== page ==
Feds Overlooking the Obvious?
A Ph.D. involved in orthopedic education tells OTW, “The Obama plan to cut 30% of the budget for graduate medical education is top on everyone’s mind. The American Association of Medical Colleges has recently done a survey about how this would affect the financing of graduate programs. One of the things all institutions must ask these days is, ‘How could we do this with less money and at the same level of quality?’ At a time when we need to be training more orthopedic surgeons (because of baby boomers needing joint replacements, for example) we are going to have to make do with fewer doctors. It’s too bad that the powers that be aren’t thinking about the big economic picture…if we were able to keep older people functioning well then their medical care would be less of an economic burden.”
New Life for Old Stem Cells.
Evan Flatow, M.D., Chair of Orthopaedics at the Mount Sinai Medical Center, tells OTW, “In my lab we have recently found out that stem cells age as we do. This is one of the reasons that older people with tendon injuries don’t heal as well—they have fewer stem cells and they don’t reproduce as well. BUT, there are certain genes that you can turn on that make old stem cells act like young stem cells. If you just dump stem cells into tendon injuries it doesn’t do much; you have to turn them on and give them the right biologic signals. We are now working on it with a broader group of patients, and are applying for a federal grant that will enable us to manipulate the stem cells.”
Doors Opening for Younger Shoulder Surgeons.
In a major shift, says a shoulder and elbow surgeon, the American Shoulder and Elbow Surgeons (ASES) is on the verge of opening up its membership. He tells OTW, “The ASES has traditionally been a closed society, i.e., meetings have been restricted to members. We realized that we were one of the few societies in all of orthopedics to remain closed…there is a new initiative to open our society and make it more inclusive. That way younger, less established people can participate and become involved in the growth of our society. We didn’t want to be perceived as elitist. Also, inclusion of more members would allow us to extend our educational mission.”
John Kelly, M.D., Associate Professor of Clinical Orthopaedic Surgery at the University of Pennsylvania, is seeing an ugly side to the field these days. He tells OTW, “I’ve seen several instances of people driven off staff at different institutions because of increased competition in the field. In one instance I was trying to counsel a peer who had been reported to the medical board. It was a competitor group that did the reporting—and he was exonerated. Resources ‘out there’ are dwindling…and this is bringing out the worst in people.”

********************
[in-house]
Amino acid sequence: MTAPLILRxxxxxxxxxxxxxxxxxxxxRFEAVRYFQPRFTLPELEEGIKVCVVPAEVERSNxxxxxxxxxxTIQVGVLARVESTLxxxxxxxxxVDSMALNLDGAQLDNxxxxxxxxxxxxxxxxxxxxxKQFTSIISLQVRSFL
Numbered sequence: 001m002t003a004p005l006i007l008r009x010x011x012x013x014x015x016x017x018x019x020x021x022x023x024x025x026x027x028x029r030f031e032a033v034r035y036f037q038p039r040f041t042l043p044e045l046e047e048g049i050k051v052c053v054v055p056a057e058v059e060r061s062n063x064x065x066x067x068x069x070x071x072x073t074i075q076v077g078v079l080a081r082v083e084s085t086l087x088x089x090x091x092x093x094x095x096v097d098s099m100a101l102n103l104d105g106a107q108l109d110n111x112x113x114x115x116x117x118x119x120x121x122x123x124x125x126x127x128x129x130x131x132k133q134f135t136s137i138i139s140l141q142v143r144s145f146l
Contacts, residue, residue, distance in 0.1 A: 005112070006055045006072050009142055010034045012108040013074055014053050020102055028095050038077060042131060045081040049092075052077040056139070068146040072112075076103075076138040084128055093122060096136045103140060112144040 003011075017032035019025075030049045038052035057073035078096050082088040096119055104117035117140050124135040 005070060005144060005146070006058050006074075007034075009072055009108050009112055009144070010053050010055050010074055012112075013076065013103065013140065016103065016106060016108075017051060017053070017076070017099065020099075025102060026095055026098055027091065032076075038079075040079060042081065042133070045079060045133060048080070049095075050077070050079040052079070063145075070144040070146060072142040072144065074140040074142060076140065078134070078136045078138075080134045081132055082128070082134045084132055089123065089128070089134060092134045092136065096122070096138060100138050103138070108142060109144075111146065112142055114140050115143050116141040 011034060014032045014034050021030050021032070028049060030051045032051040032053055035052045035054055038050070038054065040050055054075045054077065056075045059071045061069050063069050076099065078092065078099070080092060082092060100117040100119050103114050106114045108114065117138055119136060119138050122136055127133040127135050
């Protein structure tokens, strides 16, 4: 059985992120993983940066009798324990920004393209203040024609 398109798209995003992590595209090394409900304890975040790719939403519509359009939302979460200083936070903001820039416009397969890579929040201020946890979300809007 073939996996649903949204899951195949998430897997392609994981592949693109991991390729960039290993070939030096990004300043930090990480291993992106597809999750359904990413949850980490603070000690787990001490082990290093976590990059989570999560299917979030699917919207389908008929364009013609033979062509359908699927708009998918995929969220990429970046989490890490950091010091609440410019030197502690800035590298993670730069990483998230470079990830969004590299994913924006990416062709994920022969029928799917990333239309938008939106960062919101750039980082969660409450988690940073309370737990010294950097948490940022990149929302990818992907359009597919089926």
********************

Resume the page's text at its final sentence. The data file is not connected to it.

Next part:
Quick, Learn a New Implant!
An orthopedist in academic medicine tells OTW, “A fundamental question is, ‘How are hospitals going to align with doctors to cut costs?’ I already see hospitals putting pressure on providers, saying, ‘We need to cut costs.’ Hospitals are saying, ‘Help us renegotiate contracts with the vendors’—or, ‘Use less expensive implants.’ One of the biggest healthcare consortiums in my city owns several hospitals. They are telling the physicians, ‘Here are the three acceptable vendors for total joints.’ I have some colleagues at these institutions whose ‘normal’ implants were not selected and so they had just one month to learn new implant systems.”
HSS? No Germs Allowed!
Hospital for Special Surgery (HSS) is reporting that it is the only hospital in New York State with an infection rate that is significantly lower than the state average for hip replacement or revision surgeries. Surgeons at HSS performed the most hip replacement surgeries in New York State. During each of those surgeries there was an infection prevention nurse who oversees the operating room. As indicated by HSS, also helping matters is that each room is standardized, improving efficiency and lowering surgical time by having surgical tools laid out and organized in the same order. Additionally, HSS minimizes patients’ exposure to contaminants by isolating them from the environment by a specially designed Plexiglas enclosure (helping to improve airflow and to restrict excess personnel at the surgical field).